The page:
Was there not a tale of discovering the remains of an unfortunate climber in the Lost Arrow chimney? Coonyard figured into the tale as well.

"His damn jacket won't fit!"

Where on the climb might that have been?
Dolomite

climber
Anchorage
  Sep 30, 2009 - 03:00pm PT
Nice work Z and Chad!

Stich: link to Roper's story about the discovering the body here:

http://web3.bdel.com/scene/word/2004_rock.php#skull
imnotclever

Sport climber
  Sep 30, 2009 - 03:12pm PT
Cool TR!
L

climber
California dreamin' on the farside of the world..
  Sep 30, 2009 - 03:39pm PT
I somehow missed this excellent adventure first time round, Z.

Awesome TR, as usual...and those photos! Beeeeeeeeautiful and a wee bit sceeeeeeeerrrry! Your partner's photos added a really nice perspective, too.

Great job, you guys. Thanks!
le_bruce

climber
Oakland, CA
  Sep 30, 2009 - 04:51pm PT
Thanks for the thoughtful answer on the rack, Zander.

Great pics, Salamanizer.

This climb looks incredibly hard.
Largo

Sport climber
The Big Wide Open Face
  Sep 30, 2009 - 09:38pm PT
I always thought the LA Chimney was a 5.10a climb for 5.11 crack climbers. I can't imagine being up there in that ghastly gash if 10a wide was my max.

And how about San Diego Greg on-sight free soling the thing in the late 1970s. I was always way impressed with that one.

JL
Zander

climber
Author's Reply  Oct 1, 2009 - 10:55am PT
Hey Chad,
Nice pics. I never got to see the old bolts. Pretty manky.

One other memory I have of the climb was on the descent. We were rappelling in the dark and were taking turns going down first. We had the rap chart so we weren't worried about finding the way. Chad had gone down and I could see his headlamp looking around as he went so as not to go by the anchor. I turned off my light. It was pretty warm night and clear. The stars were in full force. I could see lights and hear sounds from below in the valley but they seemed a long way off. I had the sense of being out on the immense face of rock and it was peaceful. I was tired and content. It was good.

Zander
jstan

climber
  Oct 1, 2009 - 11:51am PT
I think it was the late 60's when Pete Ramins and I went up the Chimneys. I remember one bolt somewhere. With the falls going and the possibility we might come onto the bones the route had great drama. We could not find/fit thru the Harding squeeze, so to beat the sun we did the rappels. It was eerie expecting one of those to get hung up.

As I remember them the Chimneys had drama, history, and required a lot of work. The SS has variety, great climbing, and even more history.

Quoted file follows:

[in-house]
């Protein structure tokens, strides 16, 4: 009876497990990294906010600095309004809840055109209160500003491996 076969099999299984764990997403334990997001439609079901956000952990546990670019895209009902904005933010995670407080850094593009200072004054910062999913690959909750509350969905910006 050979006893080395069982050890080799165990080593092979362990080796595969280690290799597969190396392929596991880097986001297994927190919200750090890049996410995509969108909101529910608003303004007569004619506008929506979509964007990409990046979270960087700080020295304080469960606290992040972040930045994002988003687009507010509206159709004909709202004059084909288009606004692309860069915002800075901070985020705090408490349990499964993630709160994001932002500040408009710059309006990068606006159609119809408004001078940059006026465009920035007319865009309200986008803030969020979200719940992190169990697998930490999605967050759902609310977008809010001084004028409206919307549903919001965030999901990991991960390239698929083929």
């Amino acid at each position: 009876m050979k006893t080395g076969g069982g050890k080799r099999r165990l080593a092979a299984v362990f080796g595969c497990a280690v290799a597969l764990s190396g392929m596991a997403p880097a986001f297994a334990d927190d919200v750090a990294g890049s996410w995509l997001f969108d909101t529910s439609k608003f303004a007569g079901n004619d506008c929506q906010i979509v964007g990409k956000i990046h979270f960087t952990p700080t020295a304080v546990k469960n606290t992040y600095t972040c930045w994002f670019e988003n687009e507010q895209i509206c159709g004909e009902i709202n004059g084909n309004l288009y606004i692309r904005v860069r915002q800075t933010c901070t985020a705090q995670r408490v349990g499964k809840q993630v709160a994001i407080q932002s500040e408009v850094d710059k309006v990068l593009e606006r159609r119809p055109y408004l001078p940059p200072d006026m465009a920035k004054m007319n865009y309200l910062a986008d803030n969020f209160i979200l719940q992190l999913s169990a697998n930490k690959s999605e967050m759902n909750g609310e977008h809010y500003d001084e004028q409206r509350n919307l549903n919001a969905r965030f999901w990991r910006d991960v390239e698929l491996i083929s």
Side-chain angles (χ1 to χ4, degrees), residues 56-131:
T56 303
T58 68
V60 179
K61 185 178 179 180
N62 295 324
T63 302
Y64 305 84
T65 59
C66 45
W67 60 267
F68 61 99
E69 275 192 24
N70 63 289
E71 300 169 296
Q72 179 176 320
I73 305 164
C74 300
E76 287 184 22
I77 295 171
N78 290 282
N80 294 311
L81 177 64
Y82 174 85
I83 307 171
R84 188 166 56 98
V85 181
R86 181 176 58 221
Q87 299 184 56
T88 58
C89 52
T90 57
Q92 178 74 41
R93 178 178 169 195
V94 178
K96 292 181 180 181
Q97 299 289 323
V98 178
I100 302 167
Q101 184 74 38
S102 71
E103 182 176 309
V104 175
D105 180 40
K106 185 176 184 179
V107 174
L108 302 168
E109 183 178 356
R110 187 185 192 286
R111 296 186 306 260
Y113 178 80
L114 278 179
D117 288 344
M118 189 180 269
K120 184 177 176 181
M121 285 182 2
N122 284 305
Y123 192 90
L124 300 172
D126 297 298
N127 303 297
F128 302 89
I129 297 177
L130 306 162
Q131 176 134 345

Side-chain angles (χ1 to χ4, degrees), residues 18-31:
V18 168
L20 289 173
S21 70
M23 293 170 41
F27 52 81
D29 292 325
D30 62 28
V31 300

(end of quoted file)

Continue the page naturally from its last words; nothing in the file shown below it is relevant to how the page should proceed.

One is well rewarded by doing both.
justthemaid

climber
Jim Henson's Basement
  Oct 1, 2009 - 12:01pm PT
Great TR. Thanks. Looks totally awesome.

The link to the "body-in-the-chimney" story was pretty entertaining.
dogtown

Trad climber
Cheyenne, Wyoming and Marshall Islands atoll.
  Jan 27, 2012 - 11:18pm PT
Very nice Zander!! Bravo.
le_bruce

climber
Oakland, CA
  Feb 1, 2012 - 03:02pm PT

One other memory I have of the climb was on the descent. We were rappelling in the dark and were taking turns going down first. We had the rap chart so we weren't worried about finding the way. Chad had gone down and I could see his headlamp looking around as he went so as not to go by the anchor. I turned off my light. It was pretty warm night and clear. The stars were in full force. I could see lights and hear sounds from below in the valley but they seemed a long way off. I had the sense of being out on the immense face of rock and it was peaceful. I was tired and content. It was good.

We all live for these moments - solid description of that golden feeling.
Norwegian

Trad climber
dancin on the tip of god's middle finger
  Feb 1, 2012 - 03:16pm PT
i believe in your trip report.
it brings me salvations.
PellucidWombat

Mountain climber
Berkeley, CA
  Feb 1, 2012 - 03:43pm PT
Great photos. Thanks for piquing my interest in this route even more! Those chimneys look like fun.
Zander

climber
Author's Reply  Sep 25, 2012 - 04:51pm PT
Did a little research last weekend. Cheers. Z
Credit: Zander
thekidcormier

Gym climber
squamish, b.c.
  Sep 25, 2012 - 10:00pm PT
Awesome Tripping Report ZANDER, Chimneys kick ass! I'm soo stoked to get back to the valley!

Yee HAW
Rudbud

Gym climber
Grover Beach, CA
  Sep 25, 2012 - 11:39pm PT
Nice work guys, looks fun.
rocknicenut

climber
Everett, WA
  Sep 26, 2012 - 09:40am PT
Details, we need details! Your recent ascent in all its glory is a story that begs to be told :-)

Maybe finish the topo you started with all the scary bits clearly identified? I'm much too frightened to up there without ample beta.
Zander

climber
Author's Reply  Sep 28, 2012 - 06:01pm PT
All right just for Rocknicenut, here's a short TR of our 9/22/12 ascent.